Farm workers’ safety
Re: Alberta Bill 17 — The Fair and Family friendly Workplaces Act
I am writing to comment on the efforts by the government of Alberta to modernize labour legislation in the province and extend it to farm operations.
First off, I think the reforms are long overdue and are only catching up to what other jurisdictions, including Saskatchewan, have done in whole or in part.
Ending the exemption of farm operations from labour standards and labour relations legislation is something that should have occurred in the 20th Century.
Providing for the ability of farm workers to unionize simply ack-nowledges a right they have under Canada’s Charter of Rights and Freedoms.
Those who oppose the relatively modest reforms spelled out in Bill 17 resort to shrill hyperbole in expressing their opposition.
For example, farm workers in Saskatchewan have had the right to unionize since 1945 and no one can claim it’s been a negative factor whatsoever in determining the fate of agriculture or the family farm.
People who oppose the right of farm workers to join a union seem to believe they have something to fear and maybe they do, if they’re the kind of employer who doesn’t have fair or respectful employment practices.
Workers join unions when they want dignity and respect in the workplace.
Even with the passage of Bill 17, the prospect of small groups of farm workers banding together and unionizing seems fairly remote if the Saskatchewan experience over the last 72 years is any indication.
Unfortunately, economic realities and the relative isolation of farm workers present serious barriers to unionizing farm operations.
These barriers can only be overcome if there is some form of sectoral representation and collective bargaining and that is not provided for in Alberta’s Bill 17.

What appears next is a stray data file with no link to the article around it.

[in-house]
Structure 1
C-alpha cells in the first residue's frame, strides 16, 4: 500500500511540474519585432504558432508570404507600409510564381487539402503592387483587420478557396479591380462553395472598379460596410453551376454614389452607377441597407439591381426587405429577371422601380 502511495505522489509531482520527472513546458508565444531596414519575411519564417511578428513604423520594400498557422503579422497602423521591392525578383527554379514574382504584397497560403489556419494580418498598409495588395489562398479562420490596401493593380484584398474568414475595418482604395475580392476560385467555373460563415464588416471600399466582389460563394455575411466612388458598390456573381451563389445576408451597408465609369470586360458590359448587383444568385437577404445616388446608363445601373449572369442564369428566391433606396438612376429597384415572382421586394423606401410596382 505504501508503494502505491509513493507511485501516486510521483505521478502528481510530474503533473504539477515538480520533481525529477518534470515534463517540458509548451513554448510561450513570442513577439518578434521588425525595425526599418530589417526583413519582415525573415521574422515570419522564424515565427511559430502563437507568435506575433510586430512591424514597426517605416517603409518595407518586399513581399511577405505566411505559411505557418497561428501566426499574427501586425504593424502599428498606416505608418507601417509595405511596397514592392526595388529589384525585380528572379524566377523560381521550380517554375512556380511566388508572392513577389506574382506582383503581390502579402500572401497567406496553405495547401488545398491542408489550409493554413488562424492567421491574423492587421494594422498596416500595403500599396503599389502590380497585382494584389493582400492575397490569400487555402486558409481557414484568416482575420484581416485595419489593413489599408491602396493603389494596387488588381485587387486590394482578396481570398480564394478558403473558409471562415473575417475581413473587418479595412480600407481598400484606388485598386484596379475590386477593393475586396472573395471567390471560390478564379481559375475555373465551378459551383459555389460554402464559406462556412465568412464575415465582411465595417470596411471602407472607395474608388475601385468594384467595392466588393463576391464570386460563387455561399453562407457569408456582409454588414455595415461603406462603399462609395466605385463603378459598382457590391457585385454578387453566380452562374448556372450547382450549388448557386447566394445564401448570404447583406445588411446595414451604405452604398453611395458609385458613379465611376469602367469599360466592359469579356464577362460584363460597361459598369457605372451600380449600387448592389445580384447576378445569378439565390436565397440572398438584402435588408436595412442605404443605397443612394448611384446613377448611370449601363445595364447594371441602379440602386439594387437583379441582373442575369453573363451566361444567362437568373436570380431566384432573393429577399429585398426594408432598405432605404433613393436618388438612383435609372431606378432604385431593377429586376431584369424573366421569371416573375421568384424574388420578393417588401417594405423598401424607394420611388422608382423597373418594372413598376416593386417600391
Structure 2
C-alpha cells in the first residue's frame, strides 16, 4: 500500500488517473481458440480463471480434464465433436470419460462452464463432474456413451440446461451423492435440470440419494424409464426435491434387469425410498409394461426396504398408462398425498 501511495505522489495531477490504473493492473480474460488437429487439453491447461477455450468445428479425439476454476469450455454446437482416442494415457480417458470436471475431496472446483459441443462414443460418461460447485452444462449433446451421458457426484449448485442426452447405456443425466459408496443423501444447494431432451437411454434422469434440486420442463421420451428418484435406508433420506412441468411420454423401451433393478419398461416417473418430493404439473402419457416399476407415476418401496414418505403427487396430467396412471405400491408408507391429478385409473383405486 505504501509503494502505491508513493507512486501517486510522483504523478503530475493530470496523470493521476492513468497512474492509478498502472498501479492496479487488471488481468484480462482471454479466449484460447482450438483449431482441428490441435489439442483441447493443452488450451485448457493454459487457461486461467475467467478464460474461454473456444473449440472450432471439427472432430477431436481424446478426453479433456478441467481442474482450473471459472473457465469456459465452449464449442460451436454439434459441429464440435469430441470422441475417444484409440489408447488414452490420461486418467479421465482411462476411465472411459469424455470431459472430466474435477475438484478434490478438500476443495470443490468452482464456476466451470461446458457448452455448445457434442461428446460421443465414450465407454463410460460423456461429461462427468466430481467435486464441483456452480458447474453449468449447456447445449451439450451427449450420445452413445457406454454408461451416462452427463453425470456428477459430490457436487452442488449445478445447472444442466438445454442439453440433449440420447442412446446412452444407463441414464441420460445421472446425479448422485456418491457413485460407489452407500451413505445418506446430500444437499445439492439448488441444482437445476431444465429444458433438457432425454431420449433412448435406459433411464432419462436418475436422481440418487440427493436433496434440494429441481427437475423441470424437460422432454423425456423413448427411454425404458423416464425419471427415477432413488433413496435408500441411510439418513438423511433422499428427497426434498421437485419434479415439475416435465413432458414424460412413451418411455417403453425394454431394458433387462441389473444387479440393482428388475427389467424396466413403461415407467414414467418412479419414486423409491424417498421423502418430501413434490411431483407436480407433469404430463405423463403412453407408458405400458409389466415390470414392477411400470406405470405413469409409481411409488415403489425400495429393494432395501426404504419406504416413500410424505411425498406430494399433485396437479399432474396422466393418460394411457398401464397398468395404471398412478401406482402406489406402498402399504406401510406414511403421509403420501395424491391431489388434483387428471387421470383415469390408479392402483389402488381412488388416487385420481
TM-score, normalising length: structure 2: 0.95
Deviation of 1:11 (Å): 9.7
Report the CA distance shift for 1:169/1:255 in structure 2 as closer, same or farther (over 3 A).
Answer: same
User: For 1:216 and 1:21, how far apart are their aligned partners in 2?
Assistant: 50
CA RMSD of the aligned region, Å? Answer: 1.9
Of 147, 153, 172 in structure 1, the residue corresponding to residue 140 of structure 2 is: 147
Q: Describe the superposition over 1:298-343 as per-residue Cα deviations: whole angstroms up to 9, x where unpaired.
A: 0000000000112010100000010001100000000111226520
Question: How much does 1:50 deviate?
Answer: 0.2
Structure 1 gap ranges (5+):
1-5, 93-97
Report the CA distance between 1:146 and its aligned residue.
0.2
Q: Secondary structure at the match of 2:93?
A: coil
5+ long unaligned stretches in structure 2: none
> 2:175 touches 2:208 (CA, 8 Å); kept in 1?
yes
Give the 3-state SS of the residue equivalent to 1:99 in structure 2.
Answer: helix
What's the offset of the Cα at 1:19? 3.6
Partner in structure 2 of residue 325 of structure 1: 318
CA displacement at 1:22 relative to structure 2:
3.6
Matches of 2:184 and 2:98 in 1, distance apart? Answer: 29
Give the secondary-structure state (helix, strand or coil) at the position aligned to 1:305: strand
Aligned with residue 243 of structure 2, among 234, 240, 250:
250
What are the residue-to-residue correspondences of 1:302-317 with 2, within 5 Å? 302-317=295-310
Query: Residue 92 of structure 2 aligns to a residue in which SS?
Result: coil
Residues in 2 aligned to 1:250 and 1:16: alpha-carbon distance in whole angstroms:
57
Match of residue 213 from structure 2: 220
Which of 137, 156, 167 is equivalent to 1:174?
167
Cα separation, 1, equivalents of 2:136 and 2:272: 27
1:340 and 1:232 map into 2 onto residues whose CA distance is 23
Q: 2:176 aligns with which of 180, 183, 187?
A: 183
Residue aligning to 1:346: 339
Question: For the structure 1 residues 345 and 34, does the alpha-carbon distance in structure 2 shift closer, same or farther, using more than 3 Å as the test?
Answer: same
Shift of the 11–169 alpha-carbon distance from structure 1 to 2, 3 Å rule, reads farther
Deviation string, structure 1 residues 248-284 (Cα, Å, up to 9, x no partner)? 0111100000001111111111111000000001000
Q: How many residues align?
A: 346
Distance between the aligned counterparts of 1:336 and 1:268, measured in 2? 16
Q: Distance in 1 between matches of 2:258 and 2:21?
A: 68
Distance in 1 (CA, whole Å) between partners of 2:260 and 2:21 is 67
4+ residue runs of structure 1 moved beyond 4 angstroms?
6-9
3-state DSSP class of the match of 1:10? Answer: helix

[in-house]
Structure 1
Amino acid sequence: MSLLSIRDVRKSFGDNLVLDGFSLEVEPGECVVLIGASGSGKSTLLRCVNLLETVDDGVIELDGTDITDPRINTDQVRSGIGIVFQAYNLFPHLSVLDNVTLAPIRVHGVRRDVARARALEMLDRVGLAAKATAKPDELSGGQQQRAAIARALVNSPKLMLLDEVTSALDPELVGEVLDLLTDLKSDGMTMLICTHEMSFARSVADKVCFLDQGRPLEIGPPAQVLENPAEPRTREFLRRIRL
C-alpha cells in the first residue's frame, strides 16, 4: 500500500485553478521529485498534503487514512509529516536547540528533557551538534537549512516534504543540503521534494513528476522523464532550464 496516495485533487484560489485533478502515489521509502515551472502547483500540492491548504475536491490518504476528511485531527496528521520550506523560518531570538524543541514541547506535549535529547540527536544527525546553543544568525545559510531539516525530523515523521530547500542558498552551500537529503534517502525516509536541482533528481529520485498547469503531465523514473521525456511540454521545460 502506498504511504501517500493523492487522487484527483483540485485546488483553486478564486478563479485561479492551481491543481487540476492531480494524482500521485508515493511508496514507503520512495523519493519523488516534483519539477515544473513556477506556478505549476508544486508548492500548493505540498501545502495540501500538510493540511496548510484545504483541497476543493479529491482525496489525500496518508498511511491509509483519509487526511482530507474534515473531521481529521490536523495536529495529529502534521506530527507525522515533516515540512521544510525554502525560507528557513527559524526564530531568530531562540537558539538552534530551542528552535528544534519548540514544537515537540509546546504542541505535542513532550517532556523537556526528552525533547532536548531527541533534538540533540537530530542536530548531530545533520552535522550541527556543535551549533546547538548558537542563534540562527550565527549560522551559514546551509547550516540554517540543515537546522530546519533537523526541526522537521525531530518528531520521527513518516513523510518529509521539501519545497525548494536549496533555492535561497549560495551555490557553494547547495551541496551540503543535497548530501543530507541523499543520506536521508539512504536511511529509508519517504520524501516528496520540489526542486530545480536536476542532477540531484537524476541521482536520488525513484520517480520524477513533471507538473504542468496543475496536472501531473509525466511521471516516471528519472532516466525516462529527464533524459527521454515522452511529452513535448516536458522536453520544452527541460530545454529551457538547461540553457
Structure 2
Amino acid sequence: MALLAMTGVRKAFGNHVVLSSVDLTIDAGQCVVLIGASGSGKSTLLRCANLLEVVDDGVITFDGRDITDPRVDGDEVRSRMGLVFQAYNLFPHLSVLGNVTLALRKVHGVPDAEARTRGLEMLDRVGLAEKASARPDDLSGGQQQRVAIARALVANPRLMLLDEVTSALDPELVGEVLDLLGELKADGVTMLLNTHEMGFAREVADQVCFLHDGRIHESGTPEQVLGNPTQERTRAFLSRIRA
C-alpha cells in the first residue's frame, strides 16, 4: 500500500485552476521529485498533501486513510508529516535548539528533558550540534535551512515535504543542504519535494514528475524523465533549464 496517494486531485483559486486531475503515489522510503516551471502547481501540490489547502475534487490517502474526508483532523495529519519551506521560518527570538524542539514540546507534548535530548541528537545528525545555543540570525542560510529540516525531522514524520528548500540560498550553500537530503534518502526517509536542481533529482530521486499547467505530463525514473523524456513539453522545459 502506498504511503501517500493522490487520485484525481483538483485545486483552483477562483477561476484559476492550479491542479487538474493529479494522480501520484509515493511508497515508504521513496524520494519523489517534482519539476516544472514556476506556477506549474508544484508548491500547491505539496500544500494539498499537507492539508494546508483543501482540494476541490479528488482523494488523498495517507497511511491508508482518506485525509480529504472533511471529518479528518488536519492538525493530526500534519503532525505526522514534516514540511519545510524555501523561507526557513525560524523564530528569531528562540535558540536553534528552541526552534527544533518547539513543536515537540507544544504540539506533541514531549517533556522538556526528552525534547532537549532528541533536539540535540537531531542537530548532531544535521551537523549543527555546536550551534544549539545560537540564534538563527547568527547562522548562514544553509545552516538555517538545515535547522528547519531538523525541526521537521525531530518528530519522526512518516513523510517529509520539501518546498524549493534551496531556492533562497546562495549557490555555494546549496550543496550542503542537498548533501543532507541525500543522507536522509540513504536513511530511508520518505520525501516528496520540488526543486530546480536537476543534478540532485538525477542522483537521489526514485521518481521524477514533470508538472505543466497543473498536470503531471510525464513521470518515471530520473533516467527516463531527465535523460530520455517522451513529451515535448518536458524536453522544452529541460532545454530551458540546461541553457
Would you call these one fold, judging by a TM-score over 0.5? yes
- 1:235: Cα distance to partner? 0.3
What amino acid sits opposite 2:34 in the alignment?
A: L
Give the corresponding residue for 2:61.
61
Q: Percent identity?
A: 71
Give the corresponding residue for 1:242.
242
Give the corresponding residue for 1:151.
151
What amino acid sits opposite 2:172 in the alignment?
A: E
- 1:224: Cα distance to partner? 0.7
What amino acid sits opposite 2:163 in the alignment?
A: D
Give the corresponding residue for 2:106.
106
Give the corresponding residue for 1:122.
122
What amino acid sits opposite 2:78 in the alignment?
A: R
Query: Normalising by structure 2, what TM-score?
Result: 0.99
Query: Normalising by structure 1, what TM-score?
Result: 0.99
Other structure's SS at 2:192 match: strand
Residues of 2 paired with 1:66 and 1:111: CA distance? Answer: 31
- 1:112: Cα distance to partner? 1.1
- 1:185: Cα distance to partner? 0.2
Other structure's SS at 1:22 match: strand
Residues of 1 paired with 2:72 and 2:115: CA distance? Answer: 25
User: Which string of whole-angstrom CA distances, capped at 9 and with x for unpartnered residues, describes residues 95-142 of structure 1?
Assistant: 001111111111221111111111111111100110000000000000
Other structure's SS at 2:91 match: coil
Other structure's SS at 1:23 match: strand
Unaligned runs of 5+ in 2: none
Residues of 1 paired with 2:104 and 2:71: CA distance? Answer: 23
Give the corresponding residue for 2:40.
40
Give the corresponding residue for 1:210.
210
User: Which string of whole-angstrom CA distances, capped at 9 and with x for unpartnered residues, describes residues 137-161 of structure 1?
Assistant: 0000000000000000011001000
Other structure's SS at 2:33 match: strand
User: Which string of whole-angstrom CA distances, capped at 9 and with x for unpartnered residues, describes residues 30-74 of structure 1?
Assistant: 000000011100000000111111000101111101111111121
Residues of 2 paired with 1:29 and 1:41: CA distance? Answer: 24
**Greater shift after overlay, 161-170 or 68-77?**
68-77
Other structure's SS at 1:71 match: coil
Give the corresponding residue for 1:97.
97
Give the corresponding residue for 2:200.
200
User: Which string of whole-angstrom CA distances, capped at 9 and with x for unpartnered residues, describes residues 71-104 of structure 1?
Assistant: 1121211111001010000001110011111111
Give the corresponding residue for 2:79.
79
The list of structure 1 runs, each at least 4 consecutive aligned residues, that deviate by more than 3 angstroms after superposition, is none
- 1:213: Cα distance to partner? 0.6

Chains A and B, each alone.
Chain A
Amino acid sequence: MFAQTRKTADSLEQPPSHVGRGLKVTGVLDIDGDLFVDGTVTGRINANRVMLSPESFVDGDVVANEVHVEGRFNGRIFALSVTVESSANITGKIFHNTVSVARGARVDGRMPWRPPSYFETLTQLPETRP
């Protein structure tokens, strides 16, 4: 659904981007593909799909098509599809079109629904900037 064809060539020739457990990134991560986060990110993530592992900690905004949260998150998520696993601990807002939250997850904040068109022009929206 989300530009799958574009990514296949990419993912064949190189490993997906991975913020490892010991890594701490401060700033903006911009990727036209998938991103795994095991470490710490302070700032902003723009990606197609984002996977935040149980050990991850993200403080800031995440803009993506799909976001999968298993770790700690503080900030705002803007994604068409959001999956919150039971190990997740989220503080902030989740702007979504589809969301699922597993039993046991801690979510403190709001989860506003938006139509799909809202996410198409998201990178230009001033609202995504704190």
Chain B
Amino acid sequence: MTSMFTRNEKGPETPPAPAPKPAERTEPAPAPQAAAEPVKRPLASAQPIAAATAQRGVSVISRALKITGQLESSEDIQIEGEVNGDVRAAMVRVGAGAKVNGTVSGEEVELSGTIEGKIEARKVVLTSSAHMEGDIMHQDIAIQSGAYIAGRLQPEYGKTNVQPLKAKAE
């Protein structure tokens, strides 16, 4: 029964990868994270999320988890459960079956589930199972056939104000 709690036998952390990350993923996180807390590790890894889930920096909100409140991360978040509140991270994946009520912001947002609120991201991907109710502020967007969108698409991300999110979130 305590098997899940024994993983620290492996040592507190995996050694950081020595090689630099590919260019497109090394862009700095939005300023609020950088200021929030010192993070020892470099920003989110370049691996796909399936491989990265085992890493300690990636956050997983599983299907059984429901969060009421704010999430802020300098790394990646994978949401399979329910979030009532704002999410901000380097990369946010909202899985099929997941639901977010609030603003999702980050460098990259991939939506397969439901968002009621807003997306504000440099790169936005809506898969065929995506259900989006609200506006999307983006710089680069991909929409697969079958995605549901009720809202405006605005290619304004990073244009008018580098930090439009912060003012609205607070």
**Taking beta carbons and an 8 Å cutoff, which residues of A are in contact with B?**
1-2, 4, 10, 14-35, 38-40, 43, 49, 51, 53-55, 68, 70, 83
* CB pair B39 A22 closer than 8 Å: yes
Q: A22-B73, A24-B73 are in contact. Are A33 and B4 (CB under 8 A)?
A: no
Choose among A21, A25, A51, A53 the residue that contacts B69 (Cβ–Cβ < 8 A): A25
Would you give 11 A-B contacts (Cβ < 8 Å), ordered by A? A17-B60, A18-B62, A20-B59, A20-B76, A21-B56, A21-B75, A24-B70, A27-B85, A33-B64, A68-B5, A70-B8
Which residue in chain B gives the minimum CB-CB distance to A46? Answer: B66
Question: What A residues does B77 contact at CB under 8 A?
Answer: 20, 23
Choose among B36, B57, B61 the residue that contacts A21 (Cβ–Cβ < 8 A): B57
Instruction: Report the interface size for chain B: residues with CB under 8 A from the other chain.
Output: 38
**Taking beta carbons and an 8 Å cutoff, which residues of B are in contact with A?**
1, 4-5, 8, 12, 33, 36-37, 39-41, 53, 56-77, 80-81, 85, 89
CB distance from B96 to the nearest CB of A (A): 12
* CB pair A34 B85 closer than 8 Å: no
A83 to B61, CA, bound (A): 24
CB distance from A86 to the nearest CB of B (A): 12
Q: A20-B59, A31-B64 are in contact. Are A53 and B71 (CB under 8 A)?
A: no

The right to unionize is no less integral to a democracy than the right to vote.
Opposing legislative recognition of the right to unionize, however symbolic it might be in relation to farm workers in Alberta, is akin to defending the master and servant dynamics of past centuries. It is ironic that opponents use social media platforms to express their pre-19th century prejudices.
In my opinion, the same flaws are present in the arguments against extending minimum labour standards requirements to farm operations.
Why should farm operations be exempt when the local garage, grocery store or farm supply outlet aren’t exempt.
In the entire supply chain serving farms that produce field crops for shipping and processing, only the farm is exempt from minimum labour standards legislation. This is an anachronistic continuation from the time when the mom and pop family farm was the prevailing norm.
By the way, mom, pop and other members of the family are exempt from coverage by Bill 17, but why let facts get in the way of the ideological rantings of those who want democracy for themselves and servitude for others.
Grain and General Services Union (ILWU • Canada)